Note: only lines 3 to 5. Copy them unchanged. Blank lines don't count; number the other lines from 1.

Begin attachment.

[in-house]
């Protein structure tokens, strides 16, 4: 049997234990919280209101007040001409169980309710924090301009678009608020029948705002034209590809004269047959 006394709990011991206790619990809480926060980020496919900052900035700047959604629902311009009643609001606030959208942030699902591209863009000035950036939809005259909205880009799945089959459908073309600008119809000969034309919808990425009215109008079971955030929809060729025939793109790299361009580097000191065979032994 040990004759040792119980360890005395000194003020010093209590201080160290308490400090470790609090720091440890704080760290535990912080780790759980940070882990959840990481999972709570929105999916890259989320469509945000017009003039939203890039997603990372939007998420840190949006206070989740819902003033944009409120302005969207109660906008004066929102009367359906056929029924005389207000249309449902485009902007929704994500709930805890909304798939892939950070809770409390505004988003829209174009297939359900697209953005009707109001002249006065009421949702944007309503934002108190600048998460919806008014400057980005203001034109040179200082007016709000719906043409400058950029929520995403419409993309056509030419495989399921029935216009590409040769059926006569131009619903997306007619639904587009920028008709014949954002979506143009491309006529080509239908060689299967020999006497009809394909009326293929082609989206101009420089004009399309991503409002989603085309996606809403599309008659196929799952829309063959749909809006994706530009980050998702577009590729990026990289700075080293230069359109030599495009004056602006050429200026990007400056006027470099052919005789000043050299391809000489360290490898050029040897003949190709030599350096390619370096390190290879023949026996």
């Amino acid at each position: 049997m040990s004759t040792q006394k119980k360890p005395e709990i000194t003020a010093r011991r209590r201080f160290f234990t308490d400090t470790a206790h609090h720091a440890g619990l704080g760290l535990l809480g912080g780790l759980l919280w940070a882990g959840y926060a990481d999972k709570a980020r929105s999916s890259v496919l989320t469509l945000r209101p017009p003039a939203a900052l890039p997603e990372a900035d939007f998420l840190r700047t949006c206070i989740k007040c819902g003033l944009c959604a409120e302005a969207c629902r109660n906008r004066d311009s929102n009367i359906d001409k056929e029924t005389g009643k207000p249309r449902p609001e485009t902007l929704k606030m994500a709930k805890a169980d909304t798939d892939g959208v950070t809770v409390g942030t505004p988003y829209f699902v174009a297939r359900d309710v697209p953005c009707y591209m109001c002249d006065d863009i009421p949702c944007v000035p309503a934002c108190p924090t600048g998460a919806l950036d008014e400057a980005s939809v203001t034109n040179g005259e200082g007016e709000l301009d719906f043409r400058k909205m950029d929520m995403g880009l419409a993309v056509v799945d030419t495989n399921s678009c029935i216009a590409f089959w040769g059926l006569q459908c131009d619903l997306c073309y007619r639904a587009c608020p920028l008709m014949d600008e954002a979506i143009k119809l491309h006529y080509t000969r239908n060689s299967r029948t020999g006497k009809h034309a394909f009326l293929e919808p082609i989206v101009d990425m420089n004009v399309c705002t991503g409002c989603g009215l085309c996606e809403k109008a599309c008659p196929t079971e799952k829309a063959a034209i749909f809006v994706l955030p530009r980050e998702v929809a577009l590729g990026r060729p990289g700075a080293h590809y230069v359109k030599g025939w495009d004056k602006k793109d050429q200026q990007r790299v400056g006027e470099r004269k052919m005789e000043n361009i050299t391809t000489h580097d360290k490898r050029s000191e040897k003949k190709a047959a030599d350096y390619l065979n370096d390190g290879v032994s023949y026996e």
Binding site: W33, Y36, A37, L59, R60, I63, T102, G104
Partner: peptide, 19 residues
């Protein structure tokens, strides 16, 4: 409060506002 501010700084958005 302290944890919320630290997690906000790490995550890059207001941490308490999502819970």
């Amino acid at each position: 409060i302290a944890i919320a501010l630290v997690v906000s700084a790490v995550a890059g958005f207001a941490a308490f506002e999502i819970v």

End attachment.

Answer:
């Amino acid at each position: 049997m040990s004759t040792q006394k119980k360890p005395e709990i000194t003020a010093r011991r209590r201080f160290f234990t308490d400090t470790a206790h609090h720091a440890g619990l704080g760290l535990l809480g912080g780790l759980l919280w940070a882990g959840y926060a990481d999972k709570a980020r929105s999916s890259v496919l989320t469509l945000r209101p017009p003039a939203a900052l890039p997603e990372a900035d939007f998420l840190r700047t949006c206070i989740k007040c819902g003033l944009c959604a409120e302005a969207c629902r109660n906008r004066d311009s929102n009367i359906d001409k056929e029924t005389g009643k207000p249309r449902p609001e485009t902007l929704k606030m994500a709930k805890a169980d909304t798939d892939g959208v950070t809770v409390g942030t505004p988003y829209f699902v174009a297939r359900d309710v697209p953005c009707y591209m109001c002249d006065d863009i009421p949702c944007v000035p309503a934002c108190p924090t600048g998460a919806l950036d008014e400057a980005s939809v203001t034109n040179g005259e200082g007016e709000l301009d719906f043409r400058k909205m950029d929520m995403g880009l419409a993309v056509v799945d030419t495989n399921s678009c029935i216009a590409f089959w040769g059926l006569q459908c131009d619903l997306c073309y007619r639904a587009c608020p920028l008709m014949d600008e954002a979506i143009k119809l491309h006529y080509t000969r239908n060689s299967r029948t020999g006497k009809h034309a394909f009326l293929e919808p082609i989206v101009d990425m420089n004009v399309c705002t991503g409002c989603g009215l085309c996606e809403k109008a599309c008659p196929t079971e799952k829309a063959a034209i749909f809006v994706l955030p530009r980050e998702v929809a577009l590729g990026r060729p990289g700075a080293h590809y230069v359109k030599g025939w495009d004056k602006k793109d050429q200026q990007r790299v400056g006027e470099r004269k052919m005789e000043n361009i050299t391809t000489h580097d360290k490898r050029s000191e040897k003949k190709a047959a030599d350096y390619l065979n370096d390190g290879v032994s023949y026996e």
Binding site: W33, Y36, A37, L59, R60, I63, T102, G104
Partner: peptide, 19 residues